Ahmed Mansour intuitively knew something wasn't quite right about the unsolicited text messages he received on his iPhone. It was August 2016, the hottest time of year in the United Arab Emirates (UAE), and as a highly regarded human rights activist, Mansour was already experienced in the surveillance techniques of the government. Officials had been watching his activities inside and outside the country for some time, according to The Guardian.
However, the two anonymous text messages were something new. They contained links that would supposedly lead him to information that would further his human rights cause. Suspicious by necessity, Mansour forwarded the messages to cybersecurity analysts for further examination.
Most computer users receive their share of unsolicited emails offering everything from access to African bank accounts of deposed officials to the latest insider information about something of great interest to the reader. The spam emails often include links to websites (often malicious websites) or attached files to download. They generally claim to improve a reader's financial or professional life, but the attachment or link exposes the computer to malware.
Many of these emails are phishing emails designed to "hook" innocent people using some type of incentive as bait. Spear phishing involves attacks on individuals using real personal details. Cybercriminals bait these email hooks with details that are of known interest to the target.
These days, cybercriminals have widened their phishing nets to include mobile text messages. Thanks in part to breaches of customer files that have revealed the contact details of millions of users around the world, hackers have successfully written software that sends "baited" text messages.
Consumers who click on links in the spam text messages download malware onto their devices or are directed to malicious websites. In some cases, users respond to the texts, letting the sender know the phone number is in use and vulnerable. Cybercriminals may then follow the original text with phone calls that attempt to scam the owners.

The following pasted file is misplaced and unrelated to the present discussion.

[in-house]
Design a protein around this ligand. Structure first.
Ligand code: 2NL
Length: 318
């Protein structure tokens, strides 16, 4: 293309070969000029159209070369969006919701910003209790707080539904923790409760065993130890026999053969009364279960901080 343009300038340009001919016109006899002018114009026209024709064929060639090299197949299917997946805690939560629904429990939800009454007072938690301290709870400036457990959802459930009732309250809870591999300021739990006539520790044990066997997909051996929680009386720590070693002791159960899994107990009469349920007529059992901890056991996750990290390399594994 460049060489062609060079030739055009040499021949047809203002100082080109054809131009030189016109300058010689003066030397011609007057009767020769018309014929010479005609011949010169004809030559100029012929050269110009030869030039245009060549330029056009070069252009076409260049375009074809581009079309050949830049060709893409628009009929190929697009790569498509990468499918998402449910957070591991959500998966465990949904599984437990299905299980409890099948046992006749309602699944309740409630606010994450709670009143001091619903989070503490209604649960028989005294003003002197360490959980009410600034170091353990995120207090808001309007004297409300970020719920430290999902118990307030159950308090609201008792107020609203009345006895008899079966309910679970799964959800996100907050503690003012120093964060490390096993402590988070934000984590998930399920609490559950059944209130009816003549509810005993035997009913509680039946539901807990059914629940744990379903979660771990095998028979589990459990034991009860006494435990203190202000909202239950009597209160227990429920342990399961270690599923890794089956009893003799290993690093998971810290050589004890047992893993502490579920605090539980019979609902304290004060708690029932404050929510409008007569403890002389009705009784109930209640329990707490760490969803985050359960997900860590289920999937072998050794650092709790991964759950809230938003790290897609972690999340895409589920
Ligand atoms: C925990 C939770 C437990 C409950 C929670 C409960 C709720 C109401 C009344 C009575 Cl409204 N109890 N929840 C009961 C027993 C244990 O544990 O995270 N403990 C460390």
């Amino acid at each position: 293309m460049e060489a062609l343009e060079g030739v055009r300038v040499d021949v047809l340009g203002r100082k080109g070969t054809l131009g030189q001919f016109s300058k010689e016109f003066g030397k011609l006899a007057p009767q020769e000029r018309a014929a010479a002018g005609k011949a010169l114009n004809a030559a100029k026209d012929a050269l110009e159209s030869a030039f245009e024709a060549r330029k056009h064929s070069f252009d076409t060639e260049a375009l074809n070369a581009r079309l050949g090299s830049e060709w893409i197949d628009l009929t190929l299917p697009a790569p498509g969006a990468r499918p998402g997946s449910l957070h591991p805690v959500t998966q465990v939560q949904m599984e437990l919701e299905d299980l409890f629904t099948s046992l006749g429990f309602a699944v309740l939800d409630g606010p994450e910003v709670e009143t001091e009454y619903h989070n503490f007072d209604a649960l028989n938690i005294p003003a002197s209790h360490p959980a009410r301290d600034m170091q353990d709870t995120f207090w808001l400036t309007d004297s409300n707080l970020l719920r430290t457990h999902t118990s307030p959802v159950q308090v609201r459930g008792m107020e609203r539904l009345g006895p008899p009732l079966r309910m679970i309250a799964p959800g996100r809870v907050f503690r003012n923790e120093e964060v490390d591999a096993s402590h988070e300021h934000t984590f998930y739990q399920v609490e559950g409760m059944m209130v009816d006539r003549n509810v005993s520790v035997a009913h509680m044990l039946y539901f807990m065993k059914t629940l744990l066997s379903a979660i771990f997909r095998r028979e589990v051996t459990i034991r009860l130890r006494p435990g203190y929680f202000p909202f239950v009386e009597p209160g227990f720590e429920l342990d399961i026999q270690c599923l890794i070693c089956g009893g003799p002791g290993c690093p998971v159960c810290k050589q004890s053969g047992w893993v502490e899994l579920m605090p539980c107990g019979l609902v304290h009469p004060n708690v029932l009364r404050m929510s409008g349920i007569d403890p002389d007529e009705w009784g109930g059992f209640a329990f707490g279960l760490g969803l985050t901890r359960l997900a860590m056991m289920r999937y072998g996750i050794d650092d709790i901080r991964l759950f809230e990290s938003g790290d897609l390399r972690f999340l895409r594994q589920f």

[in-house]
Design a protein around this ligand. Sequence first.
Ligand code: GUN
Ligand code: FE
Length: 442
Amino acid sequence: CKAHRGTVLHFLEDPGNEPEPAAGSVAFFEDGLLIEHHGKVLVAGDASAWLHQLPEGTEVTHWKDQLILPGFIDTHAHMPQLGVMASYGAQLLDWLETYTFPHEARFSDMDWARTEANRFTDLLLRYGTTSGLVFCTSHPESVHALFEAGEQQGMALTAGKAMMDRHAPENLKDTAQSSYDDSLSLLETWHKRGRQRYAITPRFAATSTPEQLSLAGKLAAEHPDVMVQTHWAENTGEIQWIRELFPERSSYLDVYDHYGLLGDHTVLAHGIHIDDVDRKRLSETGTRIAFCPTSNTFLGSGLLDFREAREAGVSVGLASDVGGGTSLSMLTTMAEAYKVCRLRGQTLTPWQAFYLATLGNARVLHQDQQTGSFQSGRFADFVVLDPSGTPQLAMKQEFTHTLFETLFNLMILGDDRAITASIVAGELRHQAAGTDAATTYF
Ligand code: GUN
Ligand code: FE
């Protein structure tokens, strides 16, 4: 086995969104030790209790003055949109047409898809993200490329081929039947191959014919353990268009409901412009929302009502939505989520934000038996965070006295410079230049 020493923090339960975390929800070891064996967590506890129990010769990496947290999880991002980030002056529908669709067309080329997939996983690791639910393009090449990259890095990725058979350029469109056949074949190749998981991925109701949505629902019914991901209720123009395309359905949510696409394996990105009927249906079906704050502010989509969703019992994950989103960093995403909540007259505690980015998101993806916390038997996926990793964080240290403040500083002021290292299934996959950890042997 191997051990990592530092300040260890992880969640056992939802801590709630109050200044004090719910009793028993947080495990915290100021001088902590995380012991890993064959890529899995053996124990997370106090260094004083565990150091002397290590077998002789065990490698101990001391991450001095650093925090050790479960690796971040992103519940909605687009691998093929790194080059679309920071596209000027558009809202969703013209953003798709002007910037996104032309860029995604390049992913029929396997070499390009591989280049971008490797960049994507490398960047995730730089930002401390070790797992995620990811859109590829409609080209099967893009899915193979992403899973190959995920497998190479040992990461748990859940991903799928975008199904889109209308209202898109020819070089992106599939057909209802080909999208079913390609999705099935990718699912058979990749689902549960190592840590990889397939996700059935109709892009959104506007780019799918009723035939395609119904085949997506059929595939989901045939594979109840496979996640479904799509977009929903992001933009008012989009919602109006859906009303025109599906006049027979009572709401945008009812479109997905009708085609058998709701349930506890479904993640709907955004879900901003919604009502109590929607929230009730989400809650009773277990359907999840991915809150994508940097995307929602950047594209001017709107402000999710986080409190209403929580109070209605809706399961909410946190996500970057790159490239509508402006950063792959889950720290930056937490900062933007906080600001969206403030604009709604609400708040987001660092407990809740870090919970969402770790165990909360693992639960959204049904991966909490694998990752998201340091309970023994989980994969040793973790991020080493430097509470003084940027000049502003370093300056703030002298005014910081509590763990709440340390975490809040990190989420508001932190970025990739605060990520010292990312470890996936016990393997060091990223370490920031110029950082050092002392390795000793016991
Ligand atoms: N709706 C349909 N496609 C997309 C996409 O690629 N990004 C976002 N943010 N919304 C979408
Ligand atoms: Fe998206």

Getting to the Root of the Hack
In the human rights activist Mansour's case, cybersecurity analysts determined that he would have ceded control of his iPhone to the hackers if he had clicked on the links in the text messages sent to him. According to The Guardian, the privately crafted and highly sophisticated software would have made it "possible for attackers to spy on virtually anything Mansour did — phone calls, text messages, Gmail, Skype and Facebook — as well as scan his calendar and steal passwords and other personal information."
Some spam texts are very sophisticated and appear to be from banks, mobile phone service providers or other reputable businesses. If texts appear official, call the authentic customer service number for the business to verify the text messages. Do not call the phone number provided in the text. It's also prudent to block the phone number to eliminate the possibility of responding to future texts.
Refer spam texts to the Federal Communications Commission (FCC) and the Federal Trade Commission (FTC). These agencies follow up on communications that could be deemed illegal, and the federal government wants to hear about unsolicited texts you receive. Also report the text to your carrier as spam.
Apps like Mr Number, SMS Blocker and Text Blocker offer protection from unsolicited text messages, as does a quality security solution like Kasperky’s Total Solution. This software protects the core of Android and iOS mobile devices to prevent hackers from taking control of tablets and phones. In most cases, it can detect and eliminate malware that attempts to invade devices through spam text links.
Spam texts that phish for gullible victims are relatively new, but they are certainly here to stay. Be prepared with the right knowledge and protection.